Apple has also developed new software applications that utilize the possibilities of the cameras. Especially, the Portrait Mode and Portrait Lighting software allows iPhone X photographers to capture and adjust portrait images into studio-like pictures.

It is obvious that Apple has put a lot of effort for ensuring that selfies taken on the iPhone look fabulous.

The iPhone X cameras are at their best when shooting subjects that are relatively near the lenses. Anyone who has tried to snap a photo of beautiful scenery in the distance on a smartphone knows how disappointing the result can be.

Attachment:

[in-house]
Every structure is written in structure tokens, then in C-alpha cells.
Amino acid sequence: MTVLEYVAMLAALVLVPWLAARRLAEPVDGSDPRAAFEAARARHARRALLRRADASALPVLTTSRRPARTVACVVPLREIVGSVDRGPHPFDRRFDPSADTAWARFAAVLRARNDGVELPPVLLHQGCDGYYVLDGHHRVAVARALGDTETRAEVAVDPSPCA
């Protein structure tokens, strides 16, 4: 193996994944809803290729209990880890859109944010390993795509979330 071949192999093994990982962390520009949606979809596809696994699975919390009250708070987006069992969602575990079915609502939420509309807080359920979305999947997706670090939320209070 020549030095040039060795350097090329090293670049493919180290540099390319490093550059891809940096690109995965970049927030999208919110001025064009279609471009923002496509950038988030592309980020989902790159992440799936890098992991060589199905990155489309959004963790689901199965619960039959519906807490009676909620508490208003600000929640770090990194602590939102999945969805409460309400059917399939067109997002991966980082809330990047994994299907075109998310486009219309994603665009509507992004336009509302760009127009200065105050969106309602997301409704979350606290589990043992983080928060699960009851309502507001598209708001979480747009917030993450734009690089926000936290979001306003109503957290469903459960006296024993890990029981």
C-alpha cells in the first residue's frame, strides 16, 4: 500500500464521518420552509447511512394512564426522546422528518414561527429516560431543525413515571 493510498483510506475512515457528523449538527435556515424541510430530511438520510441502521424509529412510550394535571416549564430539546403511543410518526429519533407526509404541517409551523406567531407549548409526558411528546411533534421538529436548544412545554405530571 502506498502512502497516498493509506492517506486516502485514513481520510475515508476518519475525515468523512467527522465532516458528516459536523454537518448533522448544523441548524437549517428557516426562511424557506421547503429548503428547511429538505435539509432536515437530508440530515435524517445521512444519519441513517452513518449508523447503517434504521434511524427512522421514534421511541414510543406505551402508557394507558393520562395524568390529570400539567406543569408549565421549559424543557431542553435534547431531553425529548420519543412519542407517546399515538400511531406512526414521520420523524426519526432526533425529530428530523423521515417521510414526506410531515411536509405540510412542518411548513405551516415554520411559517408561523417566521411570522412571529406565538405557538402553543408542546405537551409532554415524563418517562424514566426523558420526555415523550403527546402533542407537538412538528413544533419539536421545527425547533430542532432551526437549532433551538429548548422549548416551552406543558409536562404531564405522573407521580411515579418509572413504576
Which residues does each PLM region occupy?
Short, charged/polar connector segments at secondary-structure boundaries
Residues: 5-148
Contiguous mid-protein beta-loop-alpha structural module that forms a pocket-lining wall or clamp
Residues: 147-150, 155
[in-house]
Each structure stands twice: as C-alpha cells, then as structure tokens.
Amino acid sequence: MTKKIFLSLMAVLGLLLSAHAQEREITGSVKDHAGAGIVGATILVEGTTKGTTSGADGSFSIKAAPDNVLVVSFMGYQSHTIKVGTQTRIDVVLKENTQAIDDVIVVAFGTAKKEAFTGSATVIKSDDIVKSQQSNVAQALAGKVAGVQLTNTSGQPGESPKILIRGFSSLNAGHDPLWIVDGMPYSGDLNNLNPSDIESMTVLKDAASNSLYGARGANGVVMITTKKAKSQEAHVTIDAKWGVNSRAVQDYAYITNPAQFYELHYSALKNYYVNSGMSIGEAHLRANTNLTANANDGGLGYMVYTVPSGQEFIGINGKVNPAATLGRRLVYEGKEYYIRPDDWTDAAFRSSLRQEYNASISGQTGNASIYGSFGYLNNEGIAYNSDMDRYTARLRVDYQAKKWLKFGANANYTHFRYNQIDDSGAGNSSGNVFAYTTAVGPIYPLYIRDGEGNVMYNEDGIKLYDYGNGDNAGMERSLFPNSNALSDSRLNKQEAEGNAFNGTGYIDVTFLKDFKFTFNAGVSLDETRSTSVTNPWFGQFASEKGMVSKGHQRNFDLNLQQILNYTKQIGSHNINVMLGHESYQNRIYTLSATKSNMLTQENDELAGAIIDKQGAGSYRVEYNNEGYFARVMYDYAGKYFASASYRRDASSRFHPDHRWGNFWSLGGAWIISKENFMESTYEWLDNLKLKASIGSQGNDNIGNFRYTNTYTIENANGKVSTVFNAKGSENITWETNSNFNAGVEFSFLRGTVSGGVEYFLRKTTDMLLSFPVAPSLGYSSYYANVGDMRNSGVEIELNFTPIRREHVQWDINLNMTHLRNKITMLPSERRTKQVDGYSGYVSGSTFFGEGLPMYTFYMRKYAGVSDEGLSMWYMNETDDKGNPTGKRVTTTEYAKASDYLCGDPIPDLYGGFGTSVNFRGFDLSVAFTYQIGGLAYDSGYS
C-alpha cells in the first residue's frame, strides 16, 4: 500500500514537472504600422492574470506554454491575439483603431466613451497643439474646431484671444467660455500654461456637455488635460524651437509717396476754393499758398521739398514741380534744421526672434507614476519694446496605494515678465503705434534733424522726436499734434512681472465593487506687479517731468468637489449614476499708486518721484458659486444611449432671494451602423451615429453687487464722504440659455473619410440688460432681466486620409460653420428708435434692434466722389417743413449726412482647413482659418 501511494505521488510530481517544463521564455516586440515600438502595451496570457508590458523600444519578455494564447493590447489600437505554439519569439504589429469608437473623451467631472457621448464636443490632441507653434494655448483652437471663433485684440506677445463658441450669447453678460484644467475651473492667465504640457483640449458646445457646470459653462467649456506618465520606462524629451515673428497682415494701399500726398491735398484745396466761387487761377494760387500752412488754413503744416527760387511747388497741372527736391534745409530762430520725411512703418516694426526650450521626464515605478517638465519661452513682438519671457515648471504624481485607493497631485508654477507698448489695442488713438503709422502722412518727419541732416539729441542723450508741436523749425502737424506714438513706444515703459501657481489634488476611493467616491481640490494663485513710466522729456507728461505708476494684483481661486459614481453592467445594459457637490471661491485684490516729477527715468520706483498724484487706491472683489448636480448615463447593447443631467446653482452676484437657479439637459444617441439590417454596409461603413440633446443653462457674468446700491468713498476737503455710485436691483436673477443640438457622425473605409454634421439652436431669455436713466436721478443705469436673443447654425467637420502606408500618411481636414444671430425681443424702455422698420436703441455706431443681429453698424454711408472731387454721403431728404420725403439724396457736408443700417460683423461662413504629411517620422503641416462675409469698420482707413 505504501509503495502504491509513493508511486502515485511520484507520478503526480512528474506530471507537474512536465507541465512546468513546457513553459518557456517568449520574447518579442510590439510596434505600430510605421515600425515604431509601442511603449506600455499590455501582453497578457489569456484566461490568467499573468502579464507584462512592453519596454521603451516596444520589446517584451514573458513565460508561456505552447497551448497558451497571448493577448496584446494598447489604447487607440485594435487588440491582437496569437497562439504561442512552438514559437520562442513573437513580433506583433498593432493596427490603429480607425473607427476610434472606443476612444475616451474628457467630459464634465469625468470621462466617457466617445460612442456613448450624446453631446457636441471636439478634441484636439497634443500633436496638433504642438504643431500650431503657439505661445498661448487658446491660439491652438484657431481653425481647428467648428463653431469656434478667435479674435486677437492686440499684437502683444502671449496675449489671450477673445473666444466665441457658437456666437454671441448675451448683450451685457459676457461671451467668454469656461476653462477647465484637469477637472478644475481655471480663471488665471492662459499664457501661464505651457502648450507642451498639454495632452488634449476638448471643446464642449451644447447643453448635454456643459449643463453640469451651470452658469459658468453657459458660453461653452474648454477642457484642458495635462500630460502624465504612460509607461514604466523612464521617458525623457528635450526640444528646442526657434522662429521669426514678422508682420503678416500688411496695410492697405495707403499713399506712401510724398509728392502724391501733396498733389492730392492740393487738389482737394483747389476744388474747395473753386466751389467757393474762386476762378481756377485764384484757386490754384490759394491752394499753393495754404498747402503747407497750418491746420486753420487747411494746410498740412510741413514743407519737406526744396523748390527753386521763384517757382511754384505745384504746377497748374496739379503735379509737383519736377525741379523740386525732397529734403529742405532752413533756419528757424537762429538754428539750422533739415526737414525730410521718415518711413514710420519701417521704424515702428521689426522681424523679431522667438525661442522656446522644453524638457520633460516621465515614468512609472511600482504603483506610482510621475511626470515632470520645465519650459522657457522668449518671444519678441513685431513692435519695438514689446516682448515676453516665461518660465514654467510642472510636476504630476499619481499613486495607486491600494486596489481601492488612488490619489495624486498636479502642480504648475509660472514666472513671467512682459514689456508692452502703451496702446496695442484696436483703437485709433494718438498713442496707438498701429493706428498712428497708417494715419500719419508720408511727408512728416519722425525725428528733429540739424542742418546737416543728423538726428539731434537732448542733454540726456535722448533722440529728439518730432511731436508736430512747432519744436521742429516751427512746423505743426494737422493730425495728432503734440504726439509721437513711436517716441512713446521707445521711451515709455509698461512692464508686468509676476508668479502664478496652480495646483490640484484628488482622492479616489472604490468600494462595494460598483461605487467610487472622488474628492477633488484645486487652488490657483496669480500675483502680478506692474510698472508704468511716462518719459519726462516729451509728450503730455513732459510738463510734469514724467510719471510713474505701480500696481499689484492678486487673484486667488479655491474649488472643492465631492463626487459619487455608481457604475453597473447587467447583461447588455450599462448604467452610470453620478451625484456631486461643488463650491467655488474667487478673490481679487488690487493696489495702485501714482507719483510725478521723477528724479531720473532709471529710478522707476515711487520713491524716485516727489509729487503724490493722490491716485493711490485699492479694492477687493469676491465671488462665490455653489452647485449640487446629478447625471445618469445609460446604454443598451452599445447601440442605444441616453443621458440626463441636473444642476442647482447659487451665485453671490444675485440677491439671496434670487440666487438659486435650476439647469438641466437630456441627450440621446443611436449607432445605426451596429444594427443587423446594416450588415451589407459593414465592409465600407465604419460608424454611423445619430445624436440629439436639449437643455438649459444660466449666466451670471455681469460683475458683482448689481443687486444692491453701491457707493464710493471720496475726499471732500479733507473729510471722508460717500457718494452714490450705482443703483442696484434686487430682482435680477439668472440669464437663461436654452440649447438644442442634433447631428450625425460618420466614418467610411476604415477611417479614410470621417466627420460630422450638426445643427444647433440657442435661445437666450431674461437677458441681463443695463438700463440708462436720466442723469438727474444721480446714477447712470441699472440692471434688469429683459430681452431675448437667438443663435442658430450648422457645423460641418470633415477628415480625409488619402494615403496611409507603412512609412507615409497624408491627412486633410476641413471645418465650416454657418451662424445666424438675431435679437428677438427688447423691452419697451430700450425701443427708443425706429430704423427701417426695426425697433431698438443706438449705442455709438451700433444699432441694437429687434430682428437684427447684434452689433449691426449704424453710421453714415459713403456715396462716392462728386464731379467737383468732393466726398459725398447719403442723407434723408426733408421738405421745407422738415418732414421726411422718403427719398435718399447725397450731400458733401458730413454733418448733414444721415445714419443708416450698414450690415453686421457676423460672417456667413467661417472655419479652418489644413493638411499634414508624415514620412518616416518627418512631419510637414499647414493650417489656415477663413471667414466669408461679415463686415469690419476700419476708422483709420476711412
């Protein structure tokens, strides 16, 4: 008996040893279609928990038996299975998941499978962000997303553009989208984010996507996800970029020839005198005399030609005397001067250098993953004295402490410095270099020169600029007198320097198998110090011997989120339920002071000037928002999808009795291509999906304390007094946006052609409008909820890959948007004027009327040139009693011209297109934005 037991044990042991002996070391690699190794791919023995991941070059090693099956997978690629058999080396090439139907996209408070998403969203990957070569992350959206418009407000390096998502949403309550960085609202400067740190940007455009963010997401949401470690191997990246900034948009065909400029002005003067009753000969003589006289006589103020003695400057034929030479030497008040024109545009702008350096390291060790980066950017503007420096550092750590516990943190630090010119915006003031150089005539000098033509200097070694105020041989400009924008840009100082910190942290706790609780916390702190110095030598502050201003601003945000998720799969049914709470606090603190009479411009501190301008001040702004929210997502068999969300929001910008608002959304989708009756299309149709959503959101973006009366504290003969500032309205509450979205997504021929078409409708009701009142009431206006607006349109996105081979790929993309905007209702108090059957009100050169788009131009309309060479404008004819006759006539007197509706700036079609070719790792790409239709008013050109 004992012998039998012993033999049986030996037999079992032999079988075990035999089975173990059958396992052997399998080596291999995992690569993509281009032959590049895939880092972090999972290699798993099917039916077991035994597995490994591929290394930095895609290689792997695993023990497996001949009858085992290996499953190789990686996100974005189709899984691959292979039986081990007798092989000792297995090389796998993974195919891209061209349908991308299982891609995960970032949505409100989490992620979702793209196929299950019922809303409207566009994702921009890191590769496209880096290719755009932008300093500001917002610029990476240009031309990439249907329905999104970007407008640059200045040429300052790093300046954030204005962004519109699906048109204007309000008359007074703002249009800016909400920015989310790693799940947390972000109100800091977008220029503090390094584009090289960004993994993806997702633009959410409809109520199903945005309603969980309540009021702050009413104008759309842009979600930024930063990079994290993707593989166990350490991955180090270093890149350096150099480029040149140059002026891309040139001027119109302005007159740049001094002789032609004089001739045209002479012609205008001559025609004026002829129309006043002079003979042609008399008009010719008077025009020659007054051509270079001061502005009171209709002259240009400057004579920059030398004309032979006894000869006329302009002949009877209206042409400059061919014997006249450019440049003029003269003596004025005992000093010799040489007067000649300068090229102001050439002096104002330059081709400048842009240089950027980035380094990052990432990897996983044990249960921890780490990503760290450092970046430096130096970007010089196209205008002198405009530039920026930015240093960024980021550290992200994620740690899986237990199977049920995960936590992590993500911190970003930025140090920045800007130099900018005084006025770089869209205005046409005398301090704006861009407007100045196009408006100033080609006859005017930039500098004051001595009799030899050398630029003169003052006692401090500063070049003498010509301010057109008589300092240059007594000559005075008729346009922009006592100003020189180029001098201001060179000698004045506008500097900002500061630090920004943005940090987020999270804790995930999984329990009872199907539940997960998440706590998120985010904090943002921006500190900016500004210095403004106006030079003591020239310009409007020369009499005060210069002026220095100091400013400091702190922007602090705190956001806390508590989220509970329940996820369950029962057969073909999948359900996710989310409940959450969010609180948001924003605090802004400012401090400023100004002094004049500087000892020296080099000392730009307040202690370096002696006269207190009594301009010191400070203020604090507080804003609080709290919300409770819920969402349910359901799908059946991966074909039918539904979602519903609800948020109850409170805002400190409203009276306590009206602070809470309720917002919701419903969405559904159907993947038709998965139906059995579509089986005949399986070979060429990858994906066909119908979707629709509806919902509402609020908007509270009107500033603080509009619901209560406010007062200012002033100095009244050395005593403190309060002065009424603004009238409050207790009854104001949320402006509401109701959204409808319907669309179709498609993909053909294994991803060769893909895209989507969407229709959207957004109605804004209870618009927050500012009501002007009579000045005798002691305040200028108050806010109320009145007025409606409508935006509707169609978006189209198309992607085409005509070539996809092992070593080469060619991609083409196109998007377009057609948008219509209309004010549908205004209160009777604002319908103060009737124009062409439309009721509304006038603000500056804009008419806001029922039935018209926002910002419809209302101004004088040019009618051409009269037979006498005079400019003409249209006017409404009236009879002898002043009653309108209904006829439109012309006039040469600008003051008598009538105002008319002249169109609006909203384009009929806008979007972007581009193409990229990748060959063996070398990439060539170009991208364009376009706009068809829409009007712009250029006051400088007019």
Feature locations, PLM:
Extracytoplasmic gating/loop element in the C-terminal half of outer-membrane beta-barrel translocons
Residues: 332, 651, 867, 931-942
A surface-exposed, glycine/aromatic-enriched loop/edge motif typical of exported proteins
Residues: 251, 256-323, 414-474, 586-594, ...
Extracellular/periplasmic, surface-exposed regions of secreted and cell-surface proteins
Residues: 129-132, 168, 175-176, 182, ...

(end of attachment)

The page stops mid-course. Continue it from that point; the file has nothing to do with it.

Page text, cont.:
Of course, the iPhone X is an expensive compact camera. The prices start from $999. Nonetheless, you get a smartphone as well, and you may consider leaving lenses or a camera home that you have used for close-up and portrait photos.

Street photography is also a potential field where the iPhone X can shine. Smartphones are less intrusive in street photography. People simply don’t mind that much when someone takes a photo on a smartphone even though they clearly see that they are in the frame. If you take the same photo on an SLR, they do mind.

No matter how good the iPhone X cameras and photography applications are, it is a camera with fixed lenses. It can’t do everything that SLR cameras with removable lenses can do.

Landscapes, city views, architecture, action, sports, sceneries, natural phenomena are the most likely photographs that require other type of camera equipment for the best results.